The same year, under pressure from the temperance movement, Atlanta and its county outlawed the sale of alcohol. To avoid going out of business, John Pemberton replaced the wine in his concoction with a blend of essential oils, sugar, and citric acid. The resulting syrup, mixed with soda water, was sold in the city’s pharmacies from May 1886. And so Coca-Cola was born. According to American journalist Mark Pendergrast, author of an (unauthorized) history of the brand, “Vin Mariani is, in effect, the grandfather of Coca-Cola.”
The Renaissance of an Ancestral Brand
Christophe Mariani is now counting on this heritage to save his company. Formerly a restaurant owner and DJ in Ajaccio, the self-taught entrepreneur and close friend of Angelo Mariani’s descendants revived the Corsican brand after it disappeared in the 1960s. The drink, recreated using the original recipe, is made with French white wine and alcohol distilled from Bolivian coca leaves. “Obviously, there is no cocaine in it,” says the Coca Mariani CEO. “Our product is 22% and can be enjoyed as an aperitif or a digestif, straight or on the rocks.”
Christophe Mariani then registered his trademark in Europe in 2019 – a move that caught Coca-Cola’s attention and led its lawyers to launch an opposition procedure with the European Union Intellectual Property Office (EUIPO). The term “Coca,” a diminutive of Coca-Cola, risked “confusing” consumers, according to Marine Carrié, the group’s corporate communications manager in France. “We trust that the EUIPO will rule in our favor. Of course, this will not prevent the Mariani company from continuing to sell its beverage. It will simply have to choose a name that does not refer to our brand.”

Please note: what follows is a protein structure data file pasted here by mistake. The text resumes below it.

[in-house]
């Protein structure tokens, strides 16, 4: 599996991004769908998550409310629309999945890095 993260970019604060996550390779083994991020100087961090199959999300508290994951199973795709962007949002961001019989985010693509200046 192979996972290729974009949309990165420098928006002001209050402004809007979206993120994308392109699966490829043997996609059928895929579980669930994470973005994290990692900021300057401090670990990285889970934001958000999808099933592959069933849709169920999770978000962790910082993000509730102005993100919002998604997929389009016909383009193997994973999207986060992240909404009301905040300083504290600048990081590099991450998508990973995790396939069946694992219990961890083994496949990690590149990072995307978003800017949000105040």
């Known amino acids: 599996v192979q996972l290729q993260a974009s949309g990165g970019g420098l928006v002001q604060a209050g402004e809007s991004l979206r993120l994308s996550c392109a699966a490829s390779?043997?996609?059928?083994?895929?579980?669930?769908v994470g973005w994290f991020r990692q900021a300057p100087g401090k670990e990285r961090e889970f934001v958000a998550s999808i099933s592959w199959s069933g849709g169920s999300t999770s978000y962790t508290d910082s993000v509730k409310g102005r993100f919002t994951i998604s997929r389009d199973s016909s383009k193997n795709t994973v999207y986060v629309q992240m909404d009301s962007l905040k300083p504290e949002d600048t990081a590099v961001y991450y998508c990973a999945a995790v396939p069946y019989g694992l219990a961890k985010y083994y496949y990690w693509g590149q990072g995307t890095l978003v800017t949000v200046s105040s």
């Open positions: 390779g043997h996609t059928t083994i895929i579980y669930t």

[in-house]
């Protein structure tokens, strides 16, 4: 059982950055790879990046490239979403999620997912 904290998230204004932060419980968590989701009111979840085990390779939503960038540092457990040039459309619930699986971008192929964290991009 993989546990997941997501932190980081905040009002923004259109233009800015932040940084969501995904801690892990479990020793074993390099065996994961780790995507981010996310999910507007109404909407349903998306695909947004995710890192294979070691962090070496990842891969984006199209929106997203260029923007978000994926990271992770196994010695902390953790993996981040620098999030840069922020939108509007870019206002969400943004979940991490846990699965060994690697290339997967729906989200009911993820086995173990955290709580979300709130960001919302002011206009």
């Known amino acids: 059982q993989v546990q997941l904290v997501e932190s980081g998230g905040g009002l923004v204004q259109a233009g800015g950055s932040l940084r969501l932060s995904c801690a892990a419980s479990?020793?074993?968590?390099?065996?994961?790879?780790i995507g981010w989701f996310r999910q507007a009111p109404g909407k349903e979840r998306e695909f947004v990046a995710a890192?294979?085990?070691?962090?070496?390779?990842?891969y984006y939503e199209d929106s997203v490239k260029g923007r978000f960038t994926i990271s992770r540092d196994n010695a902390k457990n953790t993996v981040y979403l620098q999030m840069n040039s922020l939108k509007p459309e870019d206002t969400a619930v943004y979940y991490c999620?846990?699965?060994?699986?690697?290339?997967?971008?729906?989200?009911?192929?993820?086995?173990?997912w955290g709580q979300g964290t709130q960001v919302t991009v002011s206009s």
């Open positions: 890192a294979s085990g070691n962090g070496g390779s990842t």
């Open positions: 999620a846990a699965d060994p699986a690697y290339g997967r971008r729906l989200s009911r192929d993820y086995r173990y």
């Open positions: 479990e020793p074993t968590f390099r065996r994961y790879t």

This statement shocked the Corsican producer. “We can’t change our name, that doesn’t make any sense. In our archives, I have a bottle from the 1870s with the inscriptions ‘Coca Mariani’ and ‘Trademark Reg. in U.S. Pat. Off.’” Other pieces of evidence put forward by Christophe Mariani include an advertising brochure published in 2003 by Socobo, Coca-Cola’s bottling partner in Corsica, mentioning Angelo Mariani’s contribution to the development of John Pemberton’s French Wine Coca. “Fundamental proof,” in the words of Antoine Chéron, who is representing the Mariani company.
The Corsican David Against the Atlantan Goliath
“Coca Mariani has nothing to do with Coca-Cola; it’s not a soda, it’s an alcoholic beverage made with coca leaves,” says the Parisian lawyer, an intellectual property expert. “The brand is not in conflict with Coca-Cola, it is merely trying to revive an ancestral product that reflects Corsican and French history. People in Corsica are wondering how Coca-Cola could possibly take away the rights of Vin Mariani.”
While waiting for a decision from the EUIPO, Christophe Mariani is chomping at the bit. He is even considering going directly to Atlanta, the historic headquarters of Coca-Cola, to plead his case. “We don’t have much influence compared to an international group, but our beverage has a history spanning 150 years that deserves to be recognized. It’s David against Goliath!”